Suffix rush: the rise of 'dot whatever'
Why we'll see hundreds of new site names in 2013.
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Now, scores of domain-name brokers have popped up with hopes of turning a $185,000 investment into a multimillion-dollar payday.Skip to next paragraph
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Donuts, a website registry located outside Seattle, spent $55 million applying for more than 300 gTLDs, including .taxi, .camp, and .investment. It wants to rent out these addresses to businesses, allowing a cab company stuck with windycitytaxiinc.com to register a nice and simple address like chicago.taxi.
This land run means even more for people in Asia, Eastern Europe, and the Middle East. With the new expansion, ICANN has agreed to create the first top-level domains that use non-Latin alphabets, such as Chinese, Arabic, and Cyrillic. In fact, in an effort to make up for lost time, Ms. Willett says that ICANN will review the 108 non-Latin applications first.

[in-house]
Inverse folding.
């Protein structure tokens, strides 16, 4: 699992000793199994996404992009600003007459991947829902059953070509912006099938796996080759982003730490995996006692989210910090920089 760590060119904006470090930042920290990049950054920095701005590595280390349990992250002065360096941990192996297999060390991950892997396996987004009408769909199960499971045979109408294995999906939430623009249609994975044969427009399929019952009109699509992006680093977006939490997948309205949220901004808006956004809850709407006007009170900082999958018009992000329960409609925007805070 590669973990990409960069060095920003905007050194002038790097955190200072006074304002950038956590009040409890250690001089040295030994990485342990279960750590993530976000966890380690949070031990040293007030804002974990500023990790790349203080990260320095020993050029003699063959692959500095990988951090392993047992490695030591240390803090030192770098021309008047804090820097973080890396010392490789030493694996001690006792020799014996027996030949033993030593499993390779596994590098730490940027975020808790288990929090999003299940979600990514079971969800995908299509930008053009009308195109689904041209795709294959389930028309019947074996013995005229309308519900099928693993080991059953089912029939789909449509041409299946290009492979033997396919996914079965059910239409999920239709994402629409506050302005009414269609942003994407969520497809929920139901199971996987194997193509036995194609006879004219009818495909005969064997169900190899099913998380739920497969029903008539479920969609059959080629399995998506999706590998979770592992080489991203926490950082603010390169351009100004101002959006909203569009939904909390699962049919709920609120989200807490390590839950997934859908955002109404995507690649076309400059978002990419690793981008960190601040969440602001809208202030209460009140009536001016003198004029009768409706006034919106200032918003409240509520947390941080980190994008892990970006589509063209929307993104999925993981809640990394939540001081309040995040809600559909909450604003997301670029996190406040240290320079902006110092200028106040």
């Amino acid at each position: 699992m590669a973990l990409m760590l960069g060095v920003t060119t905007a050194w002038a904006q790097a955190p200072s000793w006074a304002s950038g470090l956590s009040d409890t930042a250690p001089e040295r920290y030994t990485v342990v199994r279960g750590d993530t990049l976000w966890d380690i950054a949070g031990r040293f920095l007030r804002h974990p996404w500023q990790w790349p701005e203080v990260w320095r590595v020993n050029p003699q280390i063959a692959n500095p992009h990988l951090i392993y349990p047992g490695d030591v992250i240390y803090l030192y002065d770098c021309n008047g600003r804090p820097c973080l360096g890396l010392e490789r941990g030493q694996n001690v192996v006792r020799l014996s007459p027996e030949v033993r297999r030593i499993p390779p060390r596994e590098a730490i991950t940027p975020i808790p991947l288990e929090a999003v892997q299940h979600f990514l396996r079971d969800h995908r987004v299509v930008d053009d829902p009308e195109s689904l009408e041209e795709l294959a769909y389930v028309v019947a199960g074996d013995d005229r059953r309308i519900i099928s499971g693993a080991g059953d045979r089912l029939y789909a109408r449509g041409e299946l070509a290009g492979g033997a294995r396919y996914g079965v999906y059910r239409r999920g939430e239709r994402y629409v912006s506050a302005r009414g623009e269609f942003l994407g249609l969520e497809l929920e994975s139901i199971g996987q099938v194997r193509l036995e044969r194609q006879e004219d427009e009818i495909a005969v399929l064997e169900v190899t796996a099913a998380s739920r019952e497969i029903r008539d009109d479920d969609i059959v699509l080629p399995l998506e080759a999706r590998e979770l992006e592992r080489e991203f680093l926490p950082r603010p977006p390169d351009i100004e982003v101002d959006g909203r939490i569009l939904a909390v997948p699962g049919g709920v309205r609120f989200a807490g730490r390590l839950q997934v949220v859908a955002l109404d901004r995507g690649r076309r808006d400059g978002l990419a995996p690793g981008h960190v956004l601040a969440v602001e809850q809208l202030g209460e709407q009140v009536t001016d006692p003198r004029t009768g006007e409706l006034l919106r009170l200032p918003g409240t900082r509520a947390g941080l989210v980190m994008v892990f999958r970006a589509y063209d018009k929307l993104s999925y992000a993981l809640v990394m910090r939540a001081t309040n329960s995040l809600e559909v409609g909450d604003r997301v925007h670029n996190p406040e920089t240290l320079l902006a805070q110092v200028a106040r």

ICANN held a lottery in December to determine the order in which it will process the initial applications. The first gTLD up for review will be the Roman Catholic Church's bid for .catholic in Chinese characters. The first Latin-character names will be .play and .dog.
Once the program is running at full speed, Willett expects to approve and release about 20 gTLDs per week. At that pace, it'll take about a year and half to process the initial batch.
ICANN may reject bids for a few different reasons. Applicants must prove that they can handle the technical end of running a top-level domain. ICANN also needs to sort out about 260 objections from various countries. Argentina has opposed the Patagonia clothing company claiming .patagonia (the name of a region in South America). Australia filed numerous concerns over any one group having a monopoly on common terms such as .dental and .music. Australia wants guarantees that applicants will not use gTLDs in an anticompetitive way.
As ICANN works to resolve these snags, Willett expects the first gTLDs to debut in May.
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